Yes, the so-called "essential fatty acids" are, indeed, essential" (i.e. required, but unable to be manufactured by the human body.)
The question includes a link to the Wikipedia page for essential fatty acids which defines them (in humans) as : alpha-linolenic acid and linoleic acid.
The same page explains the history of the research into them, describing a number of experiments that identified them as essential.
In the 1950s Arild Hansen showed that infants fed skimmed milk developed essential fatty acid deficiency. It was characterized by an increased food intake, poor growth, and a scaly dermatitis, and was cured by the administration of corn oil.
Later work by Hansen randomized 426 children, mainly black, to four treatments: modified cow's milk formula, skimmed milk formula, skimmed milk formula with coconut oil, or cow's milk formula with corn oil. The infants who received the skimmed milk formula or the formula with coconut oil developed essential fatty acid deficiency signs and symptoms.
[...] patients undergoing intravenous nutrition with glucose became isolated from their fat supplies and rapidly developed biochemical signs of essential fatty acid deficiency (an increase in 20:3n-9/20:4n-6 ratio in plasma) and skin symptoms.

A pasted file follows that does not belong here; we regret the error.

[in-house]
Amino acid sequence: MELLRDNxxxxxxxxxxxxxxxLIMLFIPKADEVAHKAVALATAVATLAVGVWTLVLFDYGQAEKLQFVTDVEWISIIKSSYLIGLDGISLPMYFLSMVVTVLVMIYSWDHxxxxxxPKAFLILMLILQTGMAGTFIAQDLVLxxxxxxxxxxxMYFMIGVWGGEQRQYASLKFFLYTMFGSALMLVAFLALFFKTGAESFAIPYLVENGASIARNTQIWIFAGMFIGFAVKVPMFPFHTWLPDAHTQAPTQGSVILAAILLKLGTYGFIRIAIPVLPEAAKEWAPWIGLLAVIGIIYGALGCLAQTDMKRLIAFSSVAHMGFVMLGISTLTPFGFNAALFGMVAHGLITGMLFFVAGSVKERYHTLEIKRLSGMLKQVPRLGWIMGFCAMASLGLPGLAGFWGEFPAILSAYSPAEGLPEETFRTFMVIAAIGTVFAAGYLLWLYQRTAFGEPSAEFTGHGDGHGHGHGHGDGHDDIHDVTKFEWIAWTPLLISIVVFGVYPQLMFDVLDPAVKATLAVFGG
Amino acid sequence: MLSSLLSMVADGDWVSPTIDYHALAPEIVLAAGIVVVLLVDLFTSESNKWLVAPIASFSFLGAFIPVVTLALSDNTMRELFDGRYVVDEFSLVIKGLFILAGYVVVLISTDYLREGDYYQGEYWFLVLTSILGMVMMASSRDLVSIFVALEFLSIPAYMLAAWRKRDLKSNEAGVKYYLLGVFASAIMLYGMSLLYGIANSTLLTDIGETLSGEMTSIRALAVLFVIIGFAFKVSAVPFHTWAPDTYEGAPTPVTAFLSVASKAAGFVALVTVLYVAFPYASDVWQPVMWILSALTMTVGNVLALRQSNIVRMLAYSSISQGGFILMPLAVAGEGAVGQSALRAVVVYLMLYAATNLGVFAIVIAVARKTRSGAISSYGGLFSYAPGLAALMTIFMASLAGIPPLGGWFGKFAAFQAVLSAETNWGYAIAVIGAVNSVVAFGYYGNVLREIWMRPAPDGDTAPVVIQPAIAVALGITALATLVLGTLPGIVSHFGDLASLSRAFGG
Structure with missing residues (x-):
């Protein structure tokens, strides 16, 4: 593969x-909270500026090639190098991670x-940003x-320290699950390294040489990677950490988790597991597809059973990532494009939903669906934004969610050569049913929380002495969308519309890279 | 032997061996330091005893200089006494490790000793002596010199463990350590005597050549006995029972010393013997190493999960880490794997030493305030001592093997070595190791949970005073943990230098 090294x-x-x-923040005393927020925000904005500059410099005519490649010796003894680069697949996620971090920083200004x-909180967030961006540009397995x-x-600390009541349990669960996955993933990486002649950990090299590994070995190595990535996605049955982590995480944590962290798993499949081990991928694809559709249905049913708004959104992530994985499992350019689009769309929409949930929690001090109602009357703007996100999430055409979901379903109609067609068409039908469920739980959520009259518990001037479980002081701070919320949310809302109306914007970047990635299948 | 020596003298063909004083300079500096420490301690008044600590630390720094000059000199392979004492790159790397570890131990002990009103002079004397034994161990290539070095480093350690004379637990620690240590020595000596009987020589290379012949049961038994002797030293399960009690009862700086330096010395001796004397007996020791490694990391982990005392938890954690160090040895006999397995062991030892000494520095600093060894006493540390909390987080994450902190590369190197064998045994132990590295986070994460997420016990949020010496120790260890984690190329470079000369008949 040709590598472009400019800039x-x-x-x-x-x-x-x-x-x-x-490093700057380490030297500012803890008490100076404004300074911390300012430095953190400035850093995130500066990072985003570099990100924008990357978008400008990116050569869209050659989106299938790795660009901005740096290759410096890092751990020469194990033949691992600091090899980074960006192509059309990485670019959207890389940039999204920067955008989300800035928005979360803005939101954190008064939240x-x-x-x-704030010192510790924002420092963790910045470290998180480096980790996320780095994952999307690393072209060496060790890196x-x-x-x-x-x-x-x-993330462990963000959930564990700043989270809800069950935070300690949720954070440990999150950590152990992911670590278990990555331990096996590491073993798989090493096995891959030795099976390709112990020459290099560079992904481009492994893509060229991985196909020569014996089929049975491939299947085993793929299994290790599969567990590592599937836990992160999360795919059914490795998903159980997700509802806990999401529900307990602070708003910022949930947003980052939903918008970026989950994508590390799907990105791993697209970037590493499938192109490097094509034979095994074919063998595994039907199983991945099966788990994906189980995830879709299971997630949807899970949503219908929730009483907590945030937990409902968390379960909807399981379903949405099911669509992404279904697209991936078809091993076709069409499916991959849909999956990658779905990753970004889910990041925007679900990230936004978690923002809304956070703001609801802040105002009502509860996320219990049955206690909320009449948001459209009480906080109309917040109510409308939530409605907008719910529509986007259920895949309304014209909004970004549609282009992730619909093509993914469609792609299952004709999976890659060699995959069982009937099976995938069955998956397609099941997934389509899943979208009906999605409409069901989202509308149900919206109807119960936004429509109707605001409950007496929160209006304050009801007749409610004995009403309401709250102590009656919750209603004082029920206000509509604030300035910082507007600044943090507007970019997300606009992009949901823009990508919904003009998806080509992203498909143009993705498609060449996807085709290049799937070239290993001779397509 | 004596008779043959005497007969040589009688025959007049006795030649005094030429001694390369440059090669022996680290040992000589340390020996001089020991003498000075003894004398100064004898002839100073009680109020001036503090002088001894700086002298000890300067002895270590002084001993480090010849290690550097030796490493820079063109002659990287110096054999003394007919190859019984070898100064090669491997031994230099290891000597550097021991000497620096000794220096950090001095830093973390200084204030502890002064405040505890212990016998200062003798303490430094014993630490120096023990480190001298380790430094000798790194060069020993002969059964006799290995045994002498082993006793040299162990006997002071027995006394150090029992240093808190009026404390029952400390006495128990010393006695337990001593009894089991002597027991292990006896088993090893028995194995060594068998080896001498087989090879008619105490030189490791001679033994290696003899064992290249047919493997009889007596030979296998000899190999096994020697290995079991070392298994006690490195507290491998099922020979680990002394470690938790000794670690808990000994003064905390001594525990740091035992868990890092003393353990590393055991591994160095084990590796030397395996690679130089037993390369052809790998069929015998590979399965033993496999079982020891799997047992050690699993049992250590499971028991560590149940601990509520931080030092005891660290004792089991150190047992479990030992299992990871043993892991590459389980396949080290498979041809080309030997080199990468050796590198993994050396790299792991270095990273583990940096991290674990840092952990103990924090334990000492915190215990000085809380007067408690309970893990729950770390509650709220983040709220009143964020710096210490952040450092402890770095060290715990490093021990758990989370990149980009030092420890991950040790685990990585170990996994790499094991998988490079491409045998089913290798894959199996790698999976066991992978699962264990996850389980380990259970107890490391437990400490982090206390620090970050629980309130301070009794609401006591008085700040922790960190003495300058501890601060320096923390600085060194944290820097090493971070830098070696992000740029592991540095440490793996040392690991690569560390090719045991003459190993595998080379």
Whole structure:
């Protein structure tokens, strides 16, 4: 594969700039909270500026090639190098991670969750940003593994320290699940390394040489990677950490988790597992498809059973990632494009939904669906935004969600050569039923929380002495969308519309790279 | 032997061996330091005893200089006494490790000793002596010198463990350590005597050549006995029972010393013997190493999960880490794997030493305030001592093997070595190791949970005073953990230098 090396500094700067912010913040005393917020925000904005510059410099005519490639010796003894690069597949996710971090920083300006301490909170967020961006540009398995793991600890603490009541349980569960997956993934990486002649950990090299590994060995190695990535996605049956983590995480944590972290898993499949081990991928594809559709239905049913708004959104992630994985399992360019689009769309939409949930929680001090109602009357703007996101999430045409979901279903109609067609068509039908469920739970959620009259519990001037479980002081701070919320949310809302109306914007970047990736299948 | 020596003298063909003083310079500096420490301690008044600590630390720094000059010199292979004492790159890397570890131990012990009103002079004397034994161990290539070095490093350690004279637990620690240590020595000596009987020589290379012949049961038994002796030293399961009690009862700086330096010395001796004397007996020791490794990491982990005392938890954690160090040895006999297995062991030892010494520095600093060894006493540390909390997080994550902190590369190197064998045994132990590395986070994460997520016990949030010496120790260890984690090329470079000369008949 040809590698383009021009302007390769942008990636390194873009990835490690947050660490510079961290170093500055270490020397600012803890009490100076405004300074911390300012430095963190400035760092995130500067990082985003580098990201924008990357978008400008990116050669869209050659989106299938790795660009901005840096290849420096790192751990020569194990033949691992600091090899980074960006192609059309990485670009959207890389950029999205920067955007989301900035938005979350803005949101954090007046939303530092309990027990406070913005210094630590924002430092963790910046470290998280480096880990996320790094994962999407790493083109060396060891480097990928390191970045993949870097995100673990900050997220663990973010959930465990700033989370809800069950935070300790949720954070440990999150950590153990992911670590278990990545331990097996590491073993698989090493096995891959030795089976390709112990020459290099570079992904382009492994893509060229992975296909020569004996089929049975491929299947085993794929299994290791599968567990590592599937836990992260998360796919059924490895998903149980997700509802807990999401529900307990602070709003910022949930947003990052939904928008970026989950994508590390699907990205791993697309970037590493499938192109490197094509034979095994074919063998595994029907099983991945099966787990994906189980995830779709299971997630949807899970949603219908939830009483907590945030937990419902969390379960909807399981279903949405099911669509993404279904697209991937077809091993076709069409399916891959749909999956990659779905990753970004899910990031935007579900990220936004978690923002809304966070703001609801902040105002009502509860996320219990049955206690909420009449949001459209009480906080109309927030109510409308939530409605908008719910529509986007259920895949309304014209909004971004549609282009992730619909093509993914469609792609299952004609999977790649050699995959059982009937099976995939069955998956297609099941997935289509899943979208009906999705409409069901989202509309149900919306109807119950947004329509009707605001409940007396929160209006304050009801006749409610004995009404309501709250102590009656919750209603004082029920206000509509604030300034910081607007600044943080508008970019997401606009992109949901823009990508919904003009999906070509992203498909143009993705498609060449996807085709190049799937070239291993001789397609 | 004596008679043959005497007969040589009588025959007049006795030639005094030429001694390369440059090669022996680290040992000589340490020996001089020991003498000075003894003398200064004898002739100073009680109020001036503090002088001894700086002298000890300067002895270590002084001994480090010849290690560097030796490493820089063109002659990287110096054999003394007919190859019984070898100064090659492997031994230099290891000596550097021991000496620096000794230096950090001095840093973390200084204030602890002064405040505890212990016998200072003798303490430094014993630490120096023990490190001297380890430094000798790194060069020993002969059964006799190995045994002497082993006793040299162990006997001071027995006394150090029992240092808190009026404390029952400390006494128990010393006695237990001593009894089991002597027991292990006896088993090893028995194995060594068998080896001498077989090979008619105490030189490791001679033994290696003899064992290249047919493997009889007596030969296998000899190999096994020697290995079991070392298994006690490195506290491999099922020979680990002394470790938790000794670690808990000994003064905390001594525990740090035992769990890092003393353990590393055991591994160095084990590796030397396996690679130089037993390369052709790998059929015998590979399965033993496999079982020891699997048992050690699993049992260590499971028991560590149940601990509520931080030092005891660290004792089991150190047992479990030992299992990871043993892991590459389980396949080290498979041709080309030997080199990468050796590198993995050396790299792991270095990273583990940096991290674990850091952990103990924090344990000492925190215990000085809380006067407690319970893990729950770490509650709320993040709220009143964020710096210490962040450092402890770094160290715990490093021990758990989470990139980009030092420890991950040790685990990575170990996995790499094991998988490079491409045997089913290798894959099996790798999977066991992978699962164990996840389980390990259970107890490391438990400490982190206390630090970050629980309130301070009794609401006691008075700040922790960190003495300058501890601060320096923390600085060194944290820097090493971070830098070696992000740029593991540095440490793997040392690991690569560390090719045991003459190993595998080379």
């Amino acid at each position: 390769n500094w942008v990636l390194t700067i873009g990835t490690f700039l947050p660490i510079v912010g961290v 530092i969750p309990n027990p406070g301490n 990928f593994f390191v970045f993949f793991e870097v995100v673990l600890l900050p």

The Wikipedia page pretty much answers the question, but I followed up a couple of sources, so I wasn't only relying on unreliable secondary sources.
This paper described three case studies of patients malnourished by a deficiency in linoleic acid. It explained they suffered "skin lesions, characterized by dryness and scaly appearance" until they were administered with Intralipid that contains linoleic acid.
It appears that the daily requirement for linoleic acid in the adult, particularly during the period of rapid anabolism, has not been clearly established.
This analysis of recommended dietary intake from 2004 summarises some of the literature.
Prospective cohort studies examined the effect of the intake of dietary fat and ω3 PUFA
from plants on coronary heart disease in humans. [...] After adjustment for
non-dietary risk factors and total fat intake, intake of ALA was significantly negatively
correlated with risk of myocardial infarction (relative risk 0.41 for a 1% increase in
energy from ALA, P < 0.01).